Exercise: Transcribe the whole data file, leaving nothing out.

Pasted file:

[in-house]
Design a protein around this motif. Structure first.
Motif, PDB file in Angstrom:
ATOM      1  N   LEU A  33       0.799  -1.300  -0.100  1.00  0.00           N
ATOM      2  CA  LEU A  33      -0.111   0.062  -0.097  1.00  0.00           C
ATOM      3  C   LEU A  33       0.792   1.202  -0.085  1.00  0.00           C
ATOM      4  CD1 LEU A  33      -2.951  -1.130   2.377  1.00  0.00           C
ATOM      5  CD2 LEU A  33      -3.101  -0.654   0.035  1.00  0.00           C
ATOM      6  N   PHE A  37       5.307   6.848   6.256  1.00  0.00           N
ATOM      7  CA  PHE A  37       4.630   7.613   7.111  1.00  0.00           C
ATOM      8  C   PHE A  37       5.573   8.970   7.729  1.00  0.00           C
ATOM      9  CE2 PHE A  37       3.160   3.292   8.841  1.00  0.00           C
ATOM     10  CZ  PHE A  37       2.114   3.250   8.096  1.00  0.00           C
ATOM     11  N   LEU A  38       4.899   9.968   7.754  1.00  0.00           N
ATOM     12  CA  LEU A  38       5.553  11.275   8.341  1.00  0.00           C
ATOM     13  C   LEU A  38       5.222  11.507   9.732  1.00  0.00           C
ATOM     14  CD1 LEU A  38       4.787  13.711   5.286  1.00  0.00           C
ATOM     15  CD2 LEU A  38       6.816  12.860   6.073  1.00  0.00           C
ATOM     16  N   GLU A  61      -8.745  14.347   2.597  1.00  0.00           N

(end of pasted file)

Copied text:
[in-house]
Design a protein around this motif. Structure first.
Motif, PDB file in Angstrom:
ATOM      1  N   LEU A  33       0.799  -1.300  -0.100  1.00  0.00           N
ATOM      2  CA  LEU A  33      -0.111   0.062  -0.097  1.00  0.00           C
ATOM      3  C   LEU A  33       0.792   1.202  -0.085  1.00  0.00           C
ATOM      4  CD1 LEU A  33      -2.951  -1.130   2.377  1.00  0.00           C
ATOM      5  CD2 LEU A  33      -3.101  -0.654   0.035  1.00  0.00           C
ATOM      6  N   PHE A  37       5.307   6.848   6.256  1.00  0.00           N
ATOM      7  CA  PHE A  37       4.630   7.613   7.111  1.00  0.00           C
ATOM      8  C   PHE A  37       5.573   8.970   7.729  1.00  0.00           C
ATOM      9  CE2 PHE A  37       3.160   3.292   8.841  1.00  0.00           C
ATOM     10  CZ  PHE A  37       2.114   3.250   8.096  1.00  0.00           C
ATOM     11  N   LEU A  38       4.899   9.968   7.754  1.00  0.00           N
ATOM     12  CA  LEU A  38       5.553  11.275   8.341  1.00  0.00           C
ATOM     13  C   LEU A  38       5.222  11.507   9.732  1.00  0.00           C
ATOM     14  CD1 LEU A  38       4.787  13.711   5.286  1.00  0.00           C
ATOM     15  CD2 LEU A  38       6.816  12.860   6.073  1.00  0.00           C
ATOM     16  N   GLU A  61      -8.745  14.347   2.597  1.00  0.00           N